Common Cause Failures, more common than you may think



Critical systems are usually designed with high redundancy and fault tolerance in order to prevent critical failures. The biggest enemy of redundancy is Common Cause Failure (CCF).
CCF is defined as failures of multiple items, which would otherwise be considered independent of one another, resulting from a single cause [1].

CCF events are usually rare, but their effect may be severe. Therefore, common cause analysis is an important part of safety analysis, and is required in certain standards e.g. Railway safety [2].
CCFs are more common than you may think. Following are a few common cause events that appear in many systems:

  • A power failure may cause shutdown of many electrical sub-systems. Although the sub-systems did not fail themselves, they are unable to fulfill their required functionality, and therefore should be considered as failed for the analysis.
  • A failure of a network communication switch may prevent many sub-systems from sending / receiving critical information. This may render the sub-systems useless.



In simple cases it is possible to account for CCF using standard Fault Tree Analysis (FTA) gates, but in other cases, more complex analysis is required.

Simple Case

Consider a power supply that feeds a server and a network communication switch. The server and switch are required for the system operation. Failure of either of them will cause the system failure. Clearly, failure of the power supply will also cause a system failure, therefore the following simple fault tree can be used:

Screenshot of Fault Tree Analysis software

Not so simple case

Consider the case of two servers and two data storage devices in two separate sites (one server and one storage device in each site).
Communication exists between the two sites, and they mirror each other:

The system can function in the following cases:

  • Server 1 and Storage 1 are active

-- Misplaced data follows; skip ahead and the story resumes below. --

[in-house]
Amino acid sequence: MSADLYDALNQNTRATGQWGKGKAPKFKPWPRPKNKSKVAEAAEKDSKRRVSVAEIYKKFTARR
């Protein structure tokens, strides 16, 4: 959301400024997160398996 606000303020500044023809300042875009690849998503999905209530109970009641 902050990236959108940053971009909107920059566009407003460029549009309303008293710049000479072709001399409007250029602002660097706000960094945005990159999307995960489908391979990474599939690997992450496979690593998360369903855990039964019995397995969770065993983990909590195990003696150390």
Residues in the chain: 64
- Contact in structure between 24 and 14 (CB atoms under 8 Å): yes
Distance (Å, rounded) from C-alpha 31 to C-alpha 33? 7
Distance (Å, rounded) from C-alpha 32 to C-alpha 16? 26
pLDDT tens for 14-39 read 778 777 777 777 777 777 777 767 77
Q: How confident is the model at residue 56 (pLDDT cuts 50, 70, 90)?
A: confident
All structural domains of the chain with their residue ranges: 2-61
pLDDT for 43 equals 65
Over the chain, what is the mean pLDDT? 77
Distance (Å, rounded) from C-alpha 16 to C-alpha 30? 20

• Server 2 and Storage 2 are active
  • Server 1 and Storage 2 are active
  • Server 2 and Storage 1 are active

Ignoring the power sources, a simple fault tree can be used in this case as well:

Screenshot of Fault Tree Analysis software

However, a failure of Power 1 causes Server 1 and Storage 1 to fail, and failure of Power 2 causes Server 2 and Storage 2 to fail. The Fault Tree that accounts for the power sources is as follows:

Screenshot of Fault Tree Analysis software

*Fault Tree images taken from BQR’s Fault Tree Analysis software.


Note that event “Power 1 failure” appears twice in the diagram. Usually each end node in the diagram represents an independent event, but in this case the two “Power 1 failure” events represent the same event. Similarly, “Power 2 failure” appears twice in the diagram.

There are 6 blocks in the system, therefore there are 64 possible system states. Of the 64 states, 47 states are defined as system failure.
In order to calculate the failure probability of this case, a process of disjointing has to be carried out [3].

BQR’s FTA software accounts for CCFs as well as nested CCFs (common cause that appears inside another common cause).
For more information regarding BQR software and/or professional services, please contact



[1] IEC 60050, International Electrotechnical Vocabulary.
[2] EN 50126:2017 Railway Applications. The Specification and Demonstration of Reliability, Availability, Maintainability and Safety (RAMS). Generic RAMS Process.
[3] IEC 61025:2007 Fault tree analysis (FTA).